Data for: "Development of a portable hypoxia chamber for ultra-high dose rate laser-driven proton radiobiology applications"

  • P. Chaudhary (Creator)
  • Deborah C. Gwynne (Creator)
  • Boris Odlozilik (Creator)
  • A. McMurray (Creator)
  • G. Milluzzo (Creator)
  • C. Maiorino (Creator)
  • D. Doria (Creator)
  • Hamad Ahmed (Creator)
  • Lorenzo L. Romagnani (Creator)
  • Aaron Alejo (Creator)
  • Hersimerjit Padda (Creator)
  • J. S. Green (Creator)
  • David Carroll (Rutherford Appleton Laboratory) (Creator)
  • Nicola Booth (Creator)
  • Paul McKenna (Creator)
  • S. Kar (Creator)
  • G. Petringa (Creator)
  • Roberto Catalano (Creator)
  • Francesco P. Cammarata (Creator)
  • G. A.P. Cirrone (Creator)
  • Stephen J McMahon (Creator)
  • K. Prise (Creator)
  • Marco Borghesi (Creator)



Abstract Background There is currently significant interest in assessing the role of oxygen in the radiobiological effects at ultra-high dose rates. Oxygen modulation is postulated to play a role in the enhanced sparing effect observed in FLASH radiotherapy, where particles are delivered at 40–1000 Gy/s. Furthermore, the development of laser-driven accelerators now enables radiobiology experiments in extreme regimes where dose rates can exceed 109 Gy/s, and predicted oxygen depletion effects on cellular response can be tested. Access to appropriate experimental enviroments, allowing measurements under controlled oxygenation conditions, is a key requirement for these studies. We report on the development and application of a bespoke portable hypoxia chamber specifically designed for experiments employing laser-driven sources, but also suitable for comparator studies under FLASH and conventional irradiation conditions. Materials and methods We used oxygen concentration measurements to test the induction of hypoxia and the maintenance capacity of the chambers. Cellular hypoxia induction was verified using hypoxia inducible factor-1α immunostaining. Calibrated radiochromic films and GEANT-4 simulations verified the dosimetry variations inside and outside the chambers. We irradiated hypoxic human skin fibroblasts (AG01522B) cells with laser-driven protons, conventional protons and reference 225 kVp X-rays to quantify DNA DSB damage and repair under hypoxia. We further measured the oxygen enhancement ratio for cell survival after X-ray exposure in normal fibroblast and radioresistant patient- derived GBM stem cells. Results Oxygen measurements showed that our chambers maintained a radiobiological hypoxic environment for at least 45 min and pathological hypoxia for up to 24 h after disconnecting the chambers from the gas supply. We observed a significant reduction in the 53BP1 foci induced by laser-driven protons, conventional protons and X-rays in the hypoxic cells compared to normoxic cells at 30 min post-irradiation. Under hypoxic irradiations, the Laser-driven protons induced significant residual DNA DSB damage in hypoxic AG01522B cells compared to the conventional dose rate protons suggesting an important impact of these extremely high dose-rate exposures. We obtained an oxygen enhancement ratio (OER) of 2.1 ± 0.1 and 2.5 ± 0.1 respectively for the AG01522B and patient-derived GBM stem cells for X-ray irradiation using our hypoxia chambers. Conclusion We demonstrated the design and application of portable hypoxia chambers for studying cellular radiobiological endpoints after exposure to laser-driven protons at ultra-high dose, conventional protons and X-rays. Suitable levels of reduced oxygen concentration could be maintained in the absence of external gassing to quantify hypoxic effects. The data obtained provided indication of an enhanced residual DNA DSB damage under hypoxic conditions at ultra-high dose rate compared to the conventional protons or X-rays.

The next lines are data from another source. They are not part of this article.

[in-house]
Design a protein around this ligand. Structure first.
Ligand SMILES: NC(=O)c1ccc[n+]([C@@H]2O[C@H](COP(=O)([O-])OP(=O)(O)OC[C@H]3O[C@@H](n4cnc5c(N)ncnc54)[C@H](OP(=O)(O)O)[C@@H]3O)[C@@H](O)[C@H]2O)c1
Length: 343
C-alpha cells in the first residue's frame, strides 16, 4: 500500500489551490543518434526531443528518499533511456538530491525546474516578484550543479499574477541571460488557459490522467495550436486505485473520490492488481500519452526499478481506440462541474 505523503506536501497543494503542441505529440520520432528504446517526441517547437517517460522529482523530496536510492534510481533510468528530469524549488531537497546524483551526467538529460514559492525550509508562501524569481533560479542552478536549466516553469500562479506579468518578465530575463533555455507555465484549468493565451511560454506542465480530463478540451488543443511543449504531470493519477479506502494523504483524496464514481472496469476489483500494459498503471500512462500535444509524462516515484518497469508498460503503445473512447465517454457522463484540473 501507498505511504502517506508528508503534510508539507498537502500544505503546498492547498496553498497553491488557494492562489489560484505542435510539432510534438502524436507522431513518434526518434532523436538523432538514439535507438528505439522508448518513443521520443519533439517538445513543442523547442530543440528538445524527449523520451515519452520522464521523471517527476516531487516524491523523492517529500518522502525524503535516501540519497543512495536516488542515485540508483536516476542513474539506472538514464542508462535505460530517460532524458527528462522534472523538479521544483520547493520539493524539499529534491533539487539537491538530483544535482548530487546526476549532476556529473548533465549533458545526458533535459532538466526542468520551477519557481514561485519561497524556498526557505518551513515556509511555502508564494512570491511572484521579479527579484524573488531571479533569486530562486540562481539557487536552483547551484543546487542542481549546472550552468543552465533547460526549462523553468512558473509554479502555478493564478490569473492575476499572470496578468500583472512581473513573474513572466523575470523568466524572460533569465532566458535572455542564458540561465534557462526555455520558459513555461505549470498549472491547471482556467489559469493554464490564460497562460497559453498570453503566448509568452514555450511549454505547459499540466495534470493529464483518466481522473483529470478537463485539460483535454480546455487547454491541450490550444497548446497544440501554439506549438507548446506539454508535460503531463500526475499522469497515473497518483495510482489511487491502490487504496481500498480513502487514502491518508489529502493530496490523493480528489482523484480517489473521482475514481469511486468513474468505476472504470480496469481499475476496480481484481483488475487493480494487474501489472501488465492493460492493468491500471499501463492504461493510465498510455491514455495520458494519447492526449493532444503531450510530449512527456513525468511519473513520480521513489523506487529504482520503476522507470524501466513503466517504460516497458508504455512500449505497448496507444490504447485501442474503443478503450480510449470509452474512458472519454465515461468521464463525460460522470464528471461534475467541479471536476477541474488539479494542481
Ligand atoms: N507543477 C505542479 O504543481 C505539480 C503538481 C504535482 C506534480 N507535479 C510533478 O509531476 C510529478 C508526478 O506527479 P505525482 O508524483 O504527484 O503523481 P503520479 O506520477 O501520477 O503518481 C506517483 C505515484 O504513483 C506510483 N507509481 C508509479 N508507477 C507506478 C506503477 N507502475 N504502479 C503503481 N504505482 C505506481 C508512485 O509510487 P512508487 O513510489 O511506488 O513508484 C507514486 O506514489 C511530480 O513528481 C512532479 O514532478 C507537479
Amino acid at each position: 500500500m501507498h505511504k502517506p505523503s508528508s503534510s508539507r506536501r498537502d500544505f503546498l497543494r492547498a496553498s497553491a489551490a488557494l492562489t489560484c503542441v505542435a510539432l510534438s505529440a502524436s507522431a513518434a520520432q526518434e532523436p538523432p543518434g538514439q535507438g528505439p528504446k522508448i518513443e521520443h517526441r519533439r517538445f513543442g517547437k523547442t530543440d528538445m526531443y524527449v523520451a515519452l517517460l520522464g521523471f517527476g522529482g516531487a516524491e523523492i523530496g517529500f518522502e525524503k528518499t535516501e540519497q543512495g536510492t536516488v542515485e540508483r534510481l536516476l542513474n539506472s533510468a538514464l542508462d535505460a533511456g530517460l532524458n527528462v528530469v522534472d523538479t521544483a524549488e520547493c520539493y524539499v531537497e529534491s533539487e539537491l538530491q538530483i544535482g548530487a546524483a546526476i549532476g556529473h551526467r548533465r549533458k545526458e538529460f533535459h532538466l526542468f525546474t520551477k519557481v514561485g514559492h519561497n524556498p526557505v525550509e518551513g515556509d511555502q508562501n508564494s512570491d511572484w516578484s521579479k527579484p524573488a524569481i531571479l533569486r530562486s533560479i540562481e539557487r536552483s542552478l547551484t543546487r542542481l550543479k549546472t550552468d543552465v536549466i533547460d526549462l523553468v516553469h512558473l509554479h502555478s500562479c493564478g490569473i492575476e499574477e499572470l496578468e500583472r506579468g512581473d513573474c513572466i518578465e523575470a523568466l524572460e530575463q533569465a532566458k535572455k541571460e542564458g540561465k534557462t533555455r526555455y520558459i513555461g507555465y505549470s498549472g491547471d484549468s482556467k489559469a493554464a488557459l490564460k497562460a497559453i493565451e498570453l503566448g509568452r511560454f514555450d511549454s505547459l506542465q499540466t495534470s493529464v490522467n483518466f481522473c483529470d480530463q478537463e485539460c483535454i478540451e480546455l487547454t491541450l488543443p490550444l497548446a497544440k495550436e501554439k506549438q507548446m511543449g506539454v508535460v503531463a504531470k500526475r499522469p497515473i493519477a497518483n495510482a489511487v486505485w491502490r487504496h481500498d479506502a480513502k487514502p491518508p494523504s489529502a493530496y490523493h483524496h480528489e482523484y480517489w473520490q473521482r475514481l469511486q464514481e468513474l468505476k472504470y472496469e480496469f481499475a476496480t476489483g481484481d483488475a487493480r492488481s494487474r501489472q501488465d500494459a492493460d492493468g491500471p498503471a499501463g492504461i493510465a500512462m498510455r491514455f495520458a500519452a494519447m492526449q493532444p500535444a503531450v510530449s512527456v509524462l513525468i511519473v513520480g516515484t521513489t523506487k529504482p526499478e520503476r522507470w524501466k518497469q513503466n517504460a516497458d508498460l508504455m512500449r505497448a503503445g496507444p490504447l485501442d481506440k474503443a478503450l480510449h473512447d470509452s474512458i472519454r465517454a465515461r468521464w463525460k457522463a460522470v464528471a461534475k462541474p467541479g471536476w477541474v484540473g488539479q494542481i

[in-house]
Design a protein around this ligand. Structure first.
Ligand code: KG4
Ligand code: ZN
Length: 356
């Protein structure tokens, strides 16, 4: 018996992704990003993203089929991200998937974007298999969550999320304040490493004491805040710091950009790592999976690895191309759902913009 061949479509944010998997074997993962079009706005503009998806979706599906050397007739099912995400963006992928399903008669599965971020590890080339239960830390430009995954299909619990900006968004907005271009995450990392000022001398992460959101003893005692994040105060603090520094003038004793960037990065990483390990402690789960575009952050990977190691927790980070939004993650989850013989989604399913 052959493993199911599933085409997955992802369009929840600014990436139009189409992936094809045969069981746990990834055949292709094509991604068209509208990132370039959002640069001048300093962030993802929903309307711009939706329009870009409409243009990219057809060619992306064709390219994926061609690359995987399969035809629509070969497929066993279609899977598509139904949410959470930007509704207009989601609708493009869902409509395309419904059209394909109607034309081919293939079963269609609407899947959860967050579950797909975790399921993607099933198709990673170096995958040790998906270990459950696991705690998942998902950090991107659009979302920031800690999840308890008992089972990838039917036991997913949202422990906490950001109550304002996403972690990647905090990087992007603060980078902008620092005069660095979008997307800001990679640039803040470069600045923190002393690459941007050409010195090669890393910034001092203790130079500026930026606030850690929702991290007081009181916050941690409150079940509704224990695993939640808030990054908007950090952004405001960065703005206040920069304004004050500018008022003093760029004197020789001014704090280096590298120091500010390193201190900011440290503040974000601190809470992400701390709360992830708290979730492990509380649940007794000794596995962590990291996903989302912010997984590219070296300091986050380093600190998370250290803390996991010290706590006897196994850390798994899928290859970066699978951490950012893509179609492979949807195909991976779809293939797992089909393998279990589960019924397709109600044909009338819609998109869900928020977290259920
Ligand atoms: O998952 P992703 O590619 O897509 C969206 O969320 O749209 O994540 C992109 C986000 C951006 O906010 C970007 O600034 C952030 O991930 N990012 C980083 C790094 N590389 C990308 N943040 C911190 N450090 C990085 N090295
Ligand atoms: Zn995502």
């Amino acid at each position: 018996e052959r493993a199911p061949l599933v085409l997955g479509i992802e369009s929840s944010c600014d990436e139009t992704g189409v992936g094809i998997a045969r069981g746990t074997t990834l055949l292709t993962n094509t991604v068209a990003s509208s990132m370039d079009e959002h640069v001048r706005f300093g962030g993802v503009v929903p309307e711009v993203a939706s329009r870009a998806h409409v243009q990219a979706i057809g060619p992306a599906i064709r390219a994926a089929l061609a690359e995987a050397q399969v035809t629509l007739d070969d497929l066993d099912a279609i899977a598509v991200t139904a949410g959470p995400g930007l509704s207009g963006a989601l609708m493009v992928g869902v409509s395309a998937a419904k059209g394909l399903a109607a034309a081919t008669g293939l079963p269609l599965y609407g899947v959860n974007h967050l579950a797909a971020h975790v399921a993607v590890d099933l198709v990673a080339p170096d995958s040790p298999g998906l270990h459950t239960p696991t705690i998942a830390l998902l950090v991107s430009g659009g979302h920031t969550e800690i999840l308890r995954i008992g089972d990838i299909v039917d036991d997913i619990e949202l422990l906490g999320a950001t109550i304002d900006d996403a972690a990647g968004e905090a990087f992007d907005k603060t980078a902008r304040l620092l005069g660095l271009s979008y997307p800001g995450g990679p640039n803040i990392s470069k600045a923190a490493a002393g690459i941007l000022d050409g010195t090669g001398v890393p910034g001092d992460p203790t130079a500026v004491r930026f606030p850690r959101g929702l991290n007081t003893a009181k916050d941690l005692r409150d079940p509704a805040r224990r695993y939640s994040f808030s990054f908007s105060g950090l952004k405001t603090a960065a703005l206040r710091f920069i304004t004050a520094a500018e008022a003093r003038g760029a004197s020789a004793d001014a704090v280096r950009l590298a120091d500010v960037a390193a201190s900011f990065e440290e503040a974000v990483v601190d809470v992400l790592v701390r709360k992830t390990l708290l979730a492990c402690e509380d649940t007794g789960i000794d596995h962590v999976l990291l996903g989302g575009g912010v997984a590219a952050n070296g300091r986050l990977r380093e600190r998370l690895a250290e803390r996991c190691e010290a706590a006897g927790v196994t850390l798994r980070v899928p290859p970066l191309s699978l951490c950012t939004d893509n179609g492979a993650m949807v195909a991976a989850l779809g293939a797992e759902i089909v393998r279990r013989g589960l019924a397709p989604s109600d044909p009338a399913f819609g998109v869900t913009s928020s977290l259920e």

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Date made available12 Jan 2023
  • Development of a portable hypoxia chamber for ultra-high dose rate laser-driven proton radiobiology applications

    Chaudhary, P., Gwynne, D. C., Odlozilik, B., McMurray, A., Milluzzo, G., Maiorino, C., Doria, D., Ahmed, H., Romagnani, L., Alejo, A., Padda, H., Green, J., Carroll, D., Booth, N., McKenna, P., Kar, S., Petringa, G., Catalano, R., Cammaratta, F. P., Cirrone, G. A. P., & 3 othersMcMahon, S. J., Prise, K. M. & Borghesi, M., 9 Mar 2022, (Submitted) In: Radiation Oncology. 18 p.

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